+ * For translators wanting to translate Django apps: :ref:`topics-i18n-localization`.
+ * For system administrators/final users setting up internationalized apps or
+ developers integrating third party apps: :ref:`topics-i18n-deployment`.
+
+.. toctree::
+ :maxdepth: 1
+ :hidden:
+
+ internationalization
+ localization
+ deployment
+
+.. _ seealso::
+
+For more general information about the topic, see the `GNU gettext documentation`_
+and the `Wikipedia article`_
+
+.. _GNU gettext documentation: http://www.gnu.org/software/gettext/manual/gettext.html#Concepts
+.. _Wikipedia article: http://en.wikipedia.org/wiki/Internationalization_and_localization
+
+Glossary
+========
+
+First lets define some terms that will help us to handle a common language:
+
+.. glossary::
+
+ locale name
+ A locale name, either a language specification of the form ``ll`` or a
+ combined language and country specification of the form ``ll_CC``.
+ Examples: ``it``, ``de_AT``, ``es``, ``pt_BR``. Note the underscore in
+ some of them and the case of the part located to its right.
+
+ language code
+ Represents the name of a language. Browsers send the names of the
+ languages they accept in the ``Accept-Language`` HTTP header using this
+ format. Examples: ``it``, ``de-at``, ``es``, ``pt-br``. Note the ``-``
+ separator.
+
+ message file
+ A message file is a plain-text file, representing a single language, that
+ contains all available :term:`translation strings <translation string>`
+ and how they should be represented in the given language. Message files
+ have a ``.po`` file extension.
+
+ translation string
+ A literal that can be translated.
+
+.. _specialties-of-django-i18n:
+
+Specialties of Django translation
+==================================
+
+Django's translation machinery uses the standard ``gettext`` module that comes
+with Python. If you know ``gettext``, you might note these specialties in the
+way Django does translation:
+
+ * The string domain is ``django`` or ``djangojs``. This string domain is
+ used to differentiate between different programs that store their data
+ in a common message-file library (usually ``/usr/share/locale/``). The
+ ``django`` domain is used for python and template translation strings
+ and is loaded into the global translation catalogs. The ``djangojs``
+ domain is only used for JavaScript translation catalogs to make sure
+ that those are as small as possible.
+ * Django doesn't use ``xgettext`` alone. It uses Python wrappers around
+ ``xgettext`` and ``msgfmt``. This is mostly for convenience.
+
+.. _technical-messages:
+
+Django technical message IDs
+----------------------------
+
+Django uses technical message IDs to translate date formats and time formats.
+Technical message IDs are :term:`translation strings <translation string>` and
+can be easily recognized; they're all upper case. You don't translate the
+message ID as with other translation strings, you provide the correct local
+variant on the provided English value. The format is identical to the format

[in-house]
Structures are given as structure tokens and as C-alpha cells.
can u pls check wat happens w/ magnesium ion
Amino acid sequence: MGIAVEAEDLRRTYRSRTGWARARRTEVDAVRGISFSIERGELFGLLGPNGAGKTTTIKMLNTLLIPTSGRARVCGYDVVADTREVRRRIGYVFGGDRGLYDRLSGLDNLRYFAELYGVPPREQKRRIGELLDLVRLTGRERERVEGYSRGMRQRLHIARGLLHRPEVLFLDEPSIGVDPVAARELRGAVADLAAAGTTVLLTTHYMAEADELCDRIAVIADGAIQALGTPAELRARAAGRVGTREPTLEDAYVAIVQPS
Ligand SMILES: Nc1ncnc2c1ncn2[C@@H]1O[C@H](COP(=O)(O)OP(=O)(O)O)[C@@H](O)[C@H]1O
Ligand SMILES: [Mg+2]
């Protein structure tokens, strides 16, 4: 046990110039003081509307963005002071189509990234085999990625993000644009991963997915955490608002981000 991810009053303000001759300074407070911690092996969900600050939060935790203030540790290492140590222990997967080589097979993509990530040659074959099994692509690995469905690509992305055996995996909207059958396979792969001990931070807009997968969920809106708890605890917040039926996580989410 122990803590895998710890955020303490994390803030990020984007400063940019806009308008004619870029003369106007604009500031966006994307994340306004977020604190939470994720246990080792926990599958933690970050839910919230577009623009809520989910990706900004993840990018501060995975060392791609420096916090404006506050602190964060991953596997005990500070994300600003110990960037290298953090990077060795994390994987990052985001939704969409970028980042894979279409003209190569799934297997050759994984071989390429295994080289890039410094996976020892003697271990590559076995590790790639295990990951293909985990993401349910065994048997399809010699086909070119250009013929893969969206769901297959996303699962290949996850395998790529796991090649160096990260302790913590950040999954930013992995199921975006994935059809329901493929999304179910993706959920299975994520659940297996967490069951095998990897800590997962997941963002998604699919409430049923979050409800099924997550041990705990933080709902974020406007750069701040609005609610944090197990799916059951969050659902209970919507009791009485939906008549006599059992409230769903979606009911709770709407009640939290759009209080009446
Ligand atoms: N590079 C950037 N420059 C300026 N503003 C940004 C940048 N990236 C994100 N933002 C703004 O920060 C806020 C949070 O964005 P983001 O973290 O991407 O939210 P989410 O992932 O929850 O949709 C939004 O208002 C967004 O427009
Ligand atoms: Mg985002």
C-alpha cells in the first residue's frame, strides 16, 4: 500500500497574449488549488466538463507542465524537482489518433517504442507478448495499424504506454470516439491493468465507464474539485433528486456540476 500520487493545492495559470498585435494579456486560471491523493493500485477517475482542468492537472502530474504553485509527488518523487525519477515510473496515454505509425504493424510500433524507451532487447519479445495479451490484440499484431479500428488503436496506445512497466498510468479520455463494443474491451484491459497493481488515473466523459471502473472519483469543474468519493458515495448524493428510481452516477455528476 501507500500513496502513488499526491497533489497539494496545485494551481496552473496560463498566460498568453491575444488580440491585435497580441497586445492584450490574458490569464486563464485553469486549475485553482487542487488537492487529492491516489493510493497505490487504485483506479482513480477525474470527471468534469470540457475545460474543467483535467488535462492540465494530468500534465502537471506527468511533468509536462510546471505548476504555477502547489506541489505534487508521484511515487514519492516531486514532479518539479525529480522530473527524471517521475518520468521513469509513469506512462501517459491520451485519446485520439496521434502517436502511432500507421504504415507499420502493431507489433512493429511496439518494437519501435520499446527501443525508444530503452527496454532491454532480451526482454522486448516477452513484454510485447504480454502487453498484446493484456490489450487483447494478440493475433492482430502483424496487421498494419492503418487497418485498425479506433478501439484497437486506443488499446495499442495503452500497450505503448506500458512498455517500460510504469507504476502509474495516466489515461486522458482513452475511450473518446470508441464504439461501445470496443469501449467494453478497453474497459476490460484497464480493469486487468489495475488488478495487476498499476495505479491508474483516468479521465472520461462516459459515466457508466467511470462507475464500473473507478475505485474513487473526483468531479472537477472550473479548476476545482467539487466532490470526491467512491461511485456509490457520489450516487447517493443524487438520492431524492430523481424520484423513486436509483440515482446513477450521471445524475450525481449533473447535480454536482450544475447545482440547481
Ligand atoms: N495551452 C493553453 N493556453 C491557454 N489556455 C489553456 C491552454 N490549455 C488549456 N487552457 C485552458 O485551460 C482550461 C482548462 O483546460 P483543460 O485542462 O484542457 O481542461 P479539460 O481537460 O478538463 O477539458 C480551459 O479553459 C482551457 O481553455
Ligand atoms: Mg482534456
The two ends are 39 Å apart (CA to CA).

+strings used by the ``now`` template tag.
+
+For example, with ``DATETIME_FORMAT`` (or ``DATE_FORMAT`` or ``TIME_FORMAT``),
+this would be the format string that you want to use in your language. A Django
+contributor localizing it to Spanish probably would provide a ``"j N Y P"``
+"translation" for it in the relevant ``django.po`` file::
+
+ msgid "DATETIME_FORMAT"
+ msgstr "j N Y P"
578 docs/topics/i18n/internationalization.txt
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+.. _topics-i18n-internationalization:
+
+====================
+Internationalization
+====================
+
+Overview
+========
+
+The goal of internationalization is to allow a single Web application to offer
+its content and functionality in multiple languages and locales.
+
+You, the Django developer, can accomplish this goal by adding a minimal amount
+of hooks to your Python code and templates. These hooks are called
+**translation strings**. They tell Django: "This text should be translated into
+the end user's language, if a translation for this text is available in that
+language." It's your responsibility to mark translatable strings; the system
+can only translate strings it knows about.
+
+Django takes care of using these hooks to translate Web apps, on the fly,
+according to users' language preferences.
+
+Specifying translation strings: In Python code
+==============================================
+
+Standard translation
+--------------------
+
+Specify a translation string by using the function ``ugettext()``. It's
+convention to import this as a shorter alias, ``_``, to save typing.
+
+.. note::
+ Python's standard library ``gettext`` module installs ``_()`` into the
+ global namespace, as an alias for ``gettext()``. In Django, we have chosen
+ not to follow this practice, for a couple of reasons:
+
+ 1. For international character set (Unicode) support, ``ugettext()`` is
+ more useful than ``gettext()``. Sometimes, you should be using
+ ``ugettext_lazy()`` as the default translation method for a particular
+ file. Without ``_()`` in the global namespace, the developer has to
+ think about which is the most appropriate translation function.
+
+ 2. The underscore character (``_``) is used to represent "the previous
+ result" in Python's interactive shell and doctest tests. Installing a
+ global ``_()`` function causes interference. Explicitly importing
+ ``ugettext()`` as ``_()`` avoids this problem.
+
+.. highlightlang:: python
+
+In this example, the text ``"Welcome to my site."`` is marked as a translation
+string::
+
+ from django.utils.translation import ugettext as _
+
+ def my_view(request):
+ output = _("Welcome to my site.")
+ return HttpResponse(output)
+
+Obviously, you could code this without using the alias. This example is
+identical to the previous one::
+
+ from django.utils.translation import ugettext
+
+ def my_view(request):
+ output = ugettext("Welcome to my site.")
+ return HttpResponse(output)
+